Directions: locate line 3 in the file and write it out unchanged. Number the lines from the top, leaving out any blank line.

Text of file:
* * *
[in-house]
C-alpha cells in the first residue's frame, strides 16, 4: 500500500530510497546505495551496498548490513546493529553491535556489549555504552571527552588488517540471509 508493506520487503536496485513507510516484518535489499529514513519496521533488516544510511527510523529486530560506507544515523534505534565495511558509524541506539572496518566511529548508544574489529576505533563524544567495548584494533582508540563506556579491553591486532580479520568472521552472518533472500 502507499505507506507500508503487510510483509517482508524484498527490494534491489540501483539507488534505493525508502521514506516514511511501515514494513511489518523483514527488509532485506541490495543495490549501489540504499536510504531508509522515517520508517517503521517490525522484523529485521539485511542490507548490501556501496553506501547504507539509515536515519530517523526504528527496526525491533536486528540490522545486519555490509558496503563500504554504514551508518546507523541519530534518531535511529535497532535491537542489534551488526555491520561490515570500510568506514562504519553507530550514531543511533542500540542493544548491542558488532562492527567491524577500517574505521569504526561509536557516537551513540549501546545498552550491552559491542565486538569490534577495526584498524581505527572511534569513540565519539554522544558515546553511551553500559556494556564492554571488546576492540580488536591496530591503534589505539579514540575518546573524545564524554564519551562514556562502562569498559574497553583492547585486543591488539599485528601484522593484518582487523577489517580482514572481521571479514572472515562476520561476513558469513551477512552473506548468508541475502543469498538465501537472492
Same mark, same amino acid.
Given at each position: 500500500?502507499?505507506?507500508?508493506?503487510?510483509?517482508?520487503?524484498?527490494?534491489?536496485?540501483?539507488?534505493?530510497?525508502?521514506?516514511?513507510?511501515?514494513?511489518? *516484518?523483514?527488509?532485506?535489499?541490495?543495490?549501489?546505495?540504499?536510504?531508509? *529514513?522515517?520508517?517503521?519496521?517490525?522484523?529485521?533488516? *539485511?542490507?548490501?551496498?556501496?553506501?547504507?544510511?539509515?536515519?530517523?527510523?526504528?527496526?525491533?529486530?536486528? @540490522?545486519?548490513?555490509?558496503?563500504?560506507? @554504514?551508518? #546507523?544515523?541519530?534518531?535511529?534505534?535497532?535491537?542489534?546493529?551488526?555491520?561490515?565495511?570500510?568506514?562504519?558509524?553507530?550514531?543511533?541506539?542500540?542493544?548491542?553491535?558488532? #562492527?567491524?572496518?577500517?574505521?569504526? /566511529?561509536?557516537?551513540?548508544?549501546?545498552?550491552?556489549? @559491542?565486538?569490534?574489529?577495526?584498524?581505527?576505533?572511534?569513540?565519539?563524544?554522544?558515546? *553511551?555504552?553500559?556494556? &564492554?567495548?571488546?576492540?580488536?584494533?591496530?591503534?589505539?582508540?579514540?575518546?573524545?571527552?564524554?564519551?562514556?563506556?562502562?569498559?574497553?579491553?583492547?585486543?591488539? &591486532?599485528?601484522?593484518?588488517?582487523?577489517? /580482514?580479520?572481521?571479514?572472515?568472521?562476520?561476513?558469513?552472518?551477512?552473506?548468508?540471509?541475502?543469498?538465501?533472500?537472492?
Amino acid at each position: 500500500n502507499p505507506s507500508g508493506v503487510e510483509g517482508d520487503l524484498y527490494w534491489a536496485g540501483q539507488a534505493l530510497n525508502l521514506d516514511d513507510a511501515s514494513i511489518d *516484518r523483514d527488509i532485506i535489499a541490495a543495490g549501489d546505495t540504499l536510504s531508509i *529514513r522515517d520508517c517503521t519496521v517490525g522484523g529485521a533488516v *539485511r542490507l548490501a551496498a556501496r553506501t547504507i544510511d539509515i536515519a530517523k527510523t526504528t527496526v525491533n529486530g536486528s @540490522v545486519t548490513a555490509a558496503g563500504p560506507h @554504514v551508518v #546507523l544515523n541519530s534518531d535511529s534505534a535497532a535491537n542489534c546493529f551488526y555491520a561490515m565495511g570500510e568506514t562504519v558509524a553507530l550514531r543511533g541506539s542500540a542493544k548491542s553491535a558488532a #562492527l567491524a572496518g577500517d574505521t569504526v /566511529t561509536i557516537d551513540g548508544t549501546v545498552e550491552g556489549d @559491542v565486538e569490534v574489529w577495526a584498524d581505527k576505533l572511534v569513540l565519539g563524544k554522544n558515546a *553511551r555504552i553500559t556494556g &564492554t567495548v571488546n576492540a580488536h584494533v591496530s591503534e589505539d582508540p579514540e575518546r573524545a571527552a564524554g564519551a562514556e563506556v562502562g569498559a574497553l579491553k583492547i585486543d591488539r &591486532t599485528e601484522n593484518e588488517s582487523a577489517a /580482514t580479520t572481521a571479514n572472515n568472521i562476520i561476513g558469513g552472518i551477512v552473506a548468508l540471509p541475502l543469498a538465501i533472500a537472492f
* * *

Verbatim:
Same mark, same amino acid.